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Find the encoding of an XML char array (or stream) stored in memory

Hi,

I have an application that involves sending a lot of XML data to
various places. The problem is that once in a while, I just want the
XML document as a string (for example, sending to a typed dataset
tableadaptor). In that case, I have a problem: what encoding do I use
to conver the byte[] (or memorystream) into a string? The encoding is
in the file, of course, like any XML file, but how do I find out
which? I tried using an XmlTextReader - this is supposed to have an
Encoding... but all I did basically was

myEncoding = new XmlTextReader(myMemoryStream).Encoding;

and in that case it's null. Is there something I have to do with the
textreareader to get it to populate it's own "Encoding" field from the
given text? The presence of a null indicates I'm doing something
really wierd, since the documentation for XmlTextReader.Encoding says:

Property Value
The encoding value. If no encoding attribute exists, and there is no
byte-order mark, this defaults to UTF-8.

Mar 2 '07 #1
3 2334
Martin Z wrote:
I have an application that involves sending a lot of XML data to
various places. The problem is that once in a while, I just want the
XML document as a string (for example, sending to a typed dataset
tableadaptor). In that case, I have a problem: what encoding do I use
to conver the byte[] (or memorystream) into a string? The encoding is
in the file, of course, like any XML file, but how do I find out
which? I tried using an XmlTextReader - this is supposed to have an
Encoding... but all I did basically was

myEncoding = new XmlTextReader(myMemoryStream).Encoding;

and in that case it's null. Is there something I have to do with the
textreareader to get it to populate it's own "Encoding" field from the
given text?
Yes, the reader has to read the beginning of the stream to find a byte
order mark or look at the XML declaration.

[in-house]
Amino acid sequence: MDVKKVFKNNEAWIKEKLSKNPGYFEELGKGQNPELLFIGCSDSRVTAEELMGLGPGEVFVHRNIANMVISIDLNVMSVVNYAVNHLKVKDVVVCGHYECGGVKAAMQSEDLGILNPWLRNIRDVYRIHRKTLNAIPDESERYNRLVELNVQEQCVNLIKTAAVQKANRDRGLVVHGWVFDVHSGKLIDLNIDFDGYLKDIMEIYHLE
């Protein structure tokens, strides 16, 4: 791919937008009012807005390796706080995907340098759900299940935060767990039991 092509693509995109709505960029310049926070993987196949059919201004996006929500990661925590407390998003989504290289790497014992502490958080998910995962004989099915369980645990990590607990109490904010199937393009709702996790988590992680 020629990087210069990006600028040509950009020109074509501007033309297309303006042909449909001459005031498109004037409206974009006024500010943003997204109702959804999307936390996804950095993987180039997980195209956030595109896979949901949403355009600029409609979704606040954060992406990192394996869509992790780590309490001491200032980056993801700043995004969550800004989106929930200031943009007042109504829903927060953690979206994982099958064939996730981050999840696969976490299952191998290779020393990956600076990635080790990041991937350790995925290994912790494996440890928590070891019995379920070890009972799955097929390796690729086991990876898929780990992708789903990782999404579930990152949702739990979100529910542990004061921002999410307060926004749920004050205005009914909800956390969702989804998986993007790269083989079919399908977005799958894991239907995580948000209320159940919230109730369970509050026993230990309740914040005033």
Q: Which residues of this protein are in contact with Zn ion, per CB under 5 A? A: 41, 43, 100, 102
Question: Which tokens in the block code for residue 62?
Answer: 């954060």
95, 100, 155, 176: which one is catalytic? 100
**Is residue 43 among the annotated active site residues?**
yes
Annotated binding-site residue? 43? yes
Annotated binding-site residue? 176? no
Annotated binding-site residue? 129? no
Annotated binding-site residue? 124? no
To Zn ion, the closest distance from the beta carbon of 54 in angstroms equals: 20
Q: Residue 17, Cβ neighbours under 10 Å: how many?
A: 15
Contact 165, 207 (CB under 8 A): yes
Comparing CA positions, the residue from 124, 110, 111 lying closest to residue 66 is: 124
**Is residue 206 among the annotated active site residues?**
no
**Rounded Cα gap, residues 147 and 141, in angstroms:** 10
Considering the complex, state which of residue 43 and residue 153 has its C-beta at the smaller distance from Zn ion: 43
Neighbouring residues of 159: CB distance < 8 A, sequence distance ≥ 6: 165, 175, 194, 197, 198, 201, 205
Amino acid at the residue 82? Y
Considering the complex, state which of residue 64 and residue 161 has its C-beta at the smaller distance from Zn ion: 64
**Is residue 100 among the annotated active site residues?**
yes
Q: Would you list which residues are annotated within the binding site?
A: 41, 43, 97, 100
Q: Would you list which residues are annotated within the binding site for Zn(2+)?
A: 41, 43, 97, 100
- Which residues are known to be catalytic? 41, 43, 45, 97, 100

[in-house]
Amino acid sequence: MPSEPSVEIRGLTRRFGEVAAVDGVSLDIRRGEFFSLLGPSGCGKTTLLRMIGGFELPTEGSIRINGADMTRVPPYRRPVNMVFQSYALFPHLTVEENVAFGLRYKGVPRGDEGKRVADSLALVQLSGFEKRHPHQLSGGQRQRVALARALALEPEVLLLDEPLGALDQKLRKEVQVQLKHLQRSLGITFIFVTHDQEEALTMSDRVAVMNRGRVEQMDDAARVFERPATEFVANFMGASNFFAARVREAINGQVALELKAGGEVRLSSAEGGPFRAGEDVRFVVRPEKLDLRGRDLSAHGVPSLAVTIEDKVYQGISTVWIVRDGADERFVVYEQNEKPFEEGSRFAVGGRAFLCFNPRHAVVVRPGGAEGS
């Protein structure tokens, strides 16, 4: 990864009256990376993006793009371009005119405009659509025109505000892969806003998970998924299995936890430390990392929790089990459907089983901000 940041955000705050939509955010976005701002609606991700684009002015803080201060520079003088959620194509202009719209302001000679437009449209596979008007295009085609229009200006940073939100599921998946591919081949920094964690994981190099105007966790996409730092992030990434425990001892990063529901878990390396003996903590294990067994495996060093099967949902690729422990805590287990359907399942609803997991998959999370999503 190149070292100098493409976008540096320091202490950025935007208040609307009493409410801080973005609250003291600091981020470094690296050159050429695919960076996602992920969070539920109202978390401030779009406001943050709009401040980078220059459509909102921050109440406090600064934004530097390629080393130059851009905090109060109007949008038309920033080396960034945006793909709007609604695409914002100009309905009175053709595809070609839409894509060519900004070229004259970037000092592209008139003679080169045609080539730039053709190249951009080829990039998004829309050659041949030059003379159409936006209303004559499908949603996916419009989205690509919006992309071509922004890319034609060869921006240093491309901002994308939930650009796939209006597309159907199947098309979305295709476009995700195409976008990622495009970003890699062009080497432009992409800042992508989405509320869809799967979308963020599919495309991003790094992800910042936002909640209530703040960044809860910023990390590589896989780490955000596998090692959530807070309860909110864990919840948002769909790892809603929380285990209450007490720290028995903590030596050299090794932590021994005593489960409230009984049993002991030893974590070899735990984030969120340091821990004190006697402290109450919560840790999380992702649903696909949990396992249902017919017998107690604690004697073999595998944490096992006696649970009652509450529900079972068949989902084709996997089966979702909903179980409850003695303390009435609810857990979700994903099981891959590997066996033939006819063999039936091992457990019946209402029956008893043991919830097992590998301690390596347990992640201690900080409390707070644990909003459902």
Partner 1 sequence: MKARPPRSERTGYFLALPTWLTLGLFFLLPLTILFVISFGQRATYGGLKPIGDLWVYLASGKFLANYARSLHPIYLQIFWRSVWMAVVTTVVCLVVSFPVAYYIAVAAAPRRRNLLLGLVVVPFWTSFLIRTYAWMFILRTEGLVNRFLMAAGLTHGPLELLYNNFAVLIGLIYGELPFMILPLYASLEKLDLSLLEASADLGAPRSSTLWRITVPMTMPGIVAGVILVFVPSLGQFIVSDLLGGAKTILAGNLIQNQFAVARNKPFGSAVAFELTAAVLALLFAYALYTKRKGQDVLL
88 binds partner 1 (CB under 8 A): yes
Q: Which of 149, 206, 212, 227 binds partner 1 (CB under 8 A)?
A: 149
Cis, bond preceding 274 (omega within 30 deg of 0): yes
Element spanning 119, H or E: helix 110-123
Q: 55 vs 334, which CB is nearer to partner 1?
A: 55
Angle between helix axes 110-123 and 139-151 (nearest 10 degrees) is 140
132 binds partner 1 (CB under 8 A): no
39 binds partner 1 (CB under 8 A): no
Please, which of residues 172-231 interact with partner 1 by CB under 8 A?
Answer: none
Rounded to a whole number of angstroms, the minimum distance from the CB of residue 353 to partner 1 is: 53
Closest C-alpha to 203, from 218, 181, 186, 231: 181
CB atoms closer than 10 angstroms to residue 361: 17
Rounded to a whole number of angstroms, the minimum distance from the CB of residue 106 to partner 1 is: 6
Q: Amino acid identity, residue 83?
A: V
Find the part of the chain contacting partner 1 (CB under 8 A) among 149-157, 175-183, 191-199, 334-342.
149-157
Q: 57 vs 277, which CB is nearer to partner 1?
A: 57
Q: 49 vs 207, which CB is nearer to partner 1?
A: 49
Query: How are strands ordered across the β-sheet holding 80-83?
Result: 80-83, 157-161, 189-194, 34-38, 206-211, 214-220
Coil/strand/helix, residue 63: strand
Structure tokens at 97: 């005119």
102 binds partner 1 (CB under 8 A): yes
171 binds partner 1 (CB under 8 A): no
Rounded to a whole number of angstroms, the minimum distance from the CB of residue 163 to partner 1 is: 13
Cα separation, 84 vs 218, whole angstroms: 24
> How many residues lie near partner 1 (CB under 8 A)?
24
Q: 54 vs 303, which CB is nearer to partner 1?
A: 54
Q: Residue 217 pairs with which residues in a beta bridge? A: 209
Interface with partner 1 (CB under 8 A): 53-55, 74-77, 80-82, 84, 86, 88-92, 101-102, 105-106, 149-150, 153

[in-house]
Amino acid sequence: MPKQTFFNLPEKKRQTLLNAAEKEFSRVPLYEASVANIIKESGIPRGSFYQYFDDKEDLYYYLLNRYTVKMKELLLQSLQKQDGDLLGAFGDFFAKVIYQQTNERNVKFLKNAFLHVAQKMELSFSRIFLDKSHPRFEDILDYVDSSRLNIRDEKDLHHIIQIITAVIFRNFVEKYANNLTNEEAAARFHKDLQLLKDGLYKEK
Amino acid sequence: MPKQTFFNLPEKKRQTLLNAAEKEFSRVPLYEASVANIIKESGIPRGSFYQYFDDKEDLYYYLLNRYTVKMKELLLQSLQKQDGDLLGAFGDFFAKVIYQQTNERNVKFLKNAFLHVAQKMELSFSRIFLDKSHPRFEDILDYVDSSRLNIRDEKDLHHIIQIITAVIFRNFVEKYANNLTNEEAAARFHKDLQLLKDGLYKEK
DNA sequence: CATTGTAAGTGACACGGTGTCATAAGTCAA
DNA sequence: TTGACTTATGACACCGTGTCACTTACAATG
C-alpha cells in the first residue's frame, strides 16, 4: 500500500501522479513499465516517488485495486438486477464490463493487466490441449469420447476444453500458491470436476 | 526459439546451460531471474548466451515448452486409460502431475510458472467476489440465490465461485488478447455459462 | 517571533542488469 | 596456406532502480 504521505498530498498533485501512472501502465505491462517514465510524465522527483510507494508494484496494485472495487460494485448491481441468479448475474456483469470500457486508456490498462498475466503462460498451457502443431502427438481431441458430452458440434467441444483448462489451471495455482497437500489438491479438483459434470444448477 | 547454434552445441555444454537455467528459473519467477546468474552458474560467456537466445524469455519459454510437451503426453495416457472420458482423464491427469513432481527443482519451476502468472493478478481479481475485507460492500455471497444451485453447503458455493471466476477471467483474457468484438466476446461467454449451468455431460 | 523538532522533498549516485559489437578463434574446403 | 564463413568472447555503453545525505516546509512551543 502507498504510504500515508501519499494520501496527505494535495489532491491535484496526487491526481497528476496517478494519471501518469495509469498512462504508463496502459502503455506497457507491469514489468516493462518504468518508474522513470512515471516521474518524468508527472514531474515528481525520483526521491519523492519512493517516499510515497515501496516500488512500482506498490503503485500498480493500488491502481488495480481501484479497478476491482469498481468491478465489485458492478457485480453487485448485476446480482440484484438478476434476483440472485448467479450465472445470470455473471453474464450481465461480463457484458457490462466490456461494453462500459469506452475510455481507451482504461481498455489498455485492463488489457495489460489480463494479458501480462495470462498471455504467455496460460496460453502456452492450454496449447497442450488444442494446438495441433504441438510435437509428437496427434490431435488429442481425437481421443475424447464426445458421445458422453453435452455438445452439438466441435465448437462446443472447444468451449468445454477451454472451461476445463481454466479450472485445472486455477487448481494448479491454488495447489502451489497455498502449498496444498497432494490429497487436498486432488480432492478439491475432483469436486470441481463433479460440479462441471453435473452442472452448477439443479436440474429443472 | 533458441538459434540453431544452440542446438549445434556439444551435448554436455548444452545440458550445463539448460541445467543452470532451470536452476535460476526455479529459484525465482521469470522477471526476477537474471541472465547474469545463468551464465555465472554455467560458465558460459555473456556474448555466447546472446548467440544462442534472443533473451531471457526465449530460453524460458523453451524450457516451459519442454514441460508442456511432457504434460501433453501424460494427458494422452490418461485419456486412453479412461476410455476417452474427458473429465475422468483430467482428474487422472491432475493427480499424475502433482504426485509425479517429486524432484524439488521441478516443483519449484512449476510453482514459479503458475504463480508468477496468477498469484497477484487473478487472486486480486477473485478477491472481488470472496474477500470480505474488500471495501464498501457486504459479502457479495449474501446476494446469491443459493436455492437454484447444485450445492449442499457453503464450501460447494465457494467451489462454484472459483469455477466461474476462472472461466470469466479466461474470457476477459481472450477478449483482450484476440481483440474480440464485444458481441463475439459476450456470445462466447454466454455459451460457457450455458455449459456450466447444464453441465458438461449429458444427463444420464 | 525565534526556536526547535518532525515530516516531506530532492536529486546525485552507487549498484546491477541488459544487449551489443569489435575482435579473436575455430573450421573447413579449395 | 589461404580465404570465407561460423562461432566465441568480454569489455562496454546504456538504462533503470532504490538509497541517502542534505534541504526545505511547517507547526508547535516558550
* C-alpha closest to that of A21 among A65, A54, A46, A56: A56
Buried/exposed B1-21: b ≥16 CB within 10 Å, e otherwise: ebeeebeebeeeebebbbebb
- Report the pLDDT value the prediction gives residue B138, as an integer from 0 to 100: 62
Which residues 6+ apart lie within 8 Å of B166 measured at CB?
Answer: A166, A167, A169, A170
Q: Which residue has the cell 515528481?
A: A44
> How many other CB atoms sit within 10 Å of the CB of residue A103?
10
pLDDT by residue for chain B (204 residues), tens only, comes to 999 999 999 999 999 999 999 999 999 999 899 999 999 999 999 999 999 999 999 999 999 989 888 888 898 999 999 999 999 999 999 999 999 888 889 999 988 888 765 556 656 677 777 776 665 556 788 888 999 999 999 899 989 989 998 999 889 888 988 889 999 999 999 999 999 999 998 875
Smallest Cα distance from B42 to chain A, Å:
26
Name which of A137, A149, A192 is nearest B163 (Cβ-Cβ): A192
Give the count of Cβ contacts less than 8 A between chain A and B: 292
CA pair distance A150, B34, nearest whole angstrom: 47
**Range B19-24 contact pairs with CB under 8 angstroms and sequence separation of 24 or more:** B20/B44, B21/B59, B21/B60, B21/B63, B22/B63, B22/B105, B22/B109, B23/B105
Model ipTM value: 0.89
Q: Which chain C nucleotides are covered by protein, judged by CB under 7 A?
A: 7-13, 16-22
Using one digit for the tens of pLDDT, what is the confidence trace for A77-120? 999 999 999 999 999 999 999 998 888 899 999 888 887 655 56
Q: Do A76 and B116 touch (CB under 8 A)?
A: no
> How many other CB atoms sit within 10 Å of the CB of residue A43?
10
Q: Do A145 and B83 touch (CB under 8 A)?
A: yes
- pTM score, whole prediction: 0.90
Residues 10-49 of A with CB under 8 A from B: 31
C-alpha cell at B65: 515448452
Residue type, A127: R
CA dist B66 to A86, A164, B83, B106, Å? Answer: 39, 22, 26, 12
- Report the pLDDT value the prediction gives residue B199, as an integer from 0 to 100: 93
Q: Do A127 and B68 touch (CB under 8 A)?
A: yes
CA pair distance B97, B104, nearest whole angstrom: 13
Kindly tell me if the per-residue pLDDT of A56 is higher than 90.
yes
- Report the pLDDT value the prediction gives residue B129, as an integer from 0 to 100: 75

If you do e.g.
XmlTextReader reader = new XmlTextReader(myMemoryStream);
reader.MoveToContent();
then you should be able to get the encoding
Encoding myEncoding = reader.Encoding;

Note that in .NET 2.0 there is also a method ReadOuterXml so instead of
trying to find out the encoding and decode the bytes in the memory
stream to a string it might suffice to do e.g.
XmlTextReader reader = new XmlTextReader(myMemoryStream);
reader.MoveToContent();
string xml = reader.ReadOuterXml();
That will strip out anything like comment or processing instructions
before the root element however. If you want the complete XML then you
might need to call Read and ReadOuterXml for all top level nodes instead
of using MoveToContent.

And most APIs taking XML input usually have overloads to read from a
stream directly, so double check that your API does not take a stream
before you take efforts to decode your stream into a string of XML.
--

Martin Honnen --- MVP XML
http://JavaScript.FAQTs.com/
Mar 2 '07 #2
For the theory of how to do this, see Appendix F of the XML spec:

http://www.w3.org/TR/REC-xml/#sec-guessing

Code to implement this isn't particularly difficult to write.
Mar 2 '07 #3
Thankyou, you solved my problem perfectly. And as I said, I was using
a typed dataset tableadaptor on SQL 2000 - those use strings for any
text field, so I needed it as a string.

On Mar 2, 10:16 am, Martin Honnen <mahotr...@yahoo.dewrote:
Martin Z wrote:
I have an application that involves sending a lot of XML data to
various places. The problem is that once in a while, I just want the
XML document as a string (for example, sending to a typed dataset
tableadaptor). In that case, I have a problem: what encoding do I use
to conver the byte[] (or memorystream) into a string? The encoding is
in the file, of course, like any XML file, but how do I find out
which? I tried using an XmlTextReader - this is supposed to have an
Encoding... but all I did basically was
myEncoding = new XmlTextReader(myMemoryStream).Encoding;
and in that case it's null. Is there something I have to do with the
textreareader to get it to populate it's own "Encoding" field from the
given text?

Yes, the reader has to read the beginning of the stream to find a byte
order mark or look at the XML declaration.
If you do e.g.
XmlTextReader reader = new XmlTextReader(myMemoryStream);
reader.MoveToContent();
then you should be able to get the encoding
Encoding myEncoding = reader.Encoding;

Note that in .NET 2.0 there is also a method ReadOuterXml so instead of
trying to find out the encoding and decode the bytes in the memory
stream to a string it might suffice to do e.g.
XmlTextReader reader = new XmlTextReader(myMemoryStream);
reader.MoveToContent();
string xml = reader.ReadOuterXml();
That will strip out anything like comment or processing instructions
before the root element however. If you want the complete XML then you
might need to call Read and ReadOuterXml for all top level nodes instead
of using MoveToContent.

And most APIs taking XML input usually have overloads to read from a
stream directly, so double check that your API does not take a stream
before you take efforts to decode your stream into a string of XML.

--

Martin Honnen --- MVP XML
http://JavaScript.FAQTs.com/

Mar 2 '07 #4

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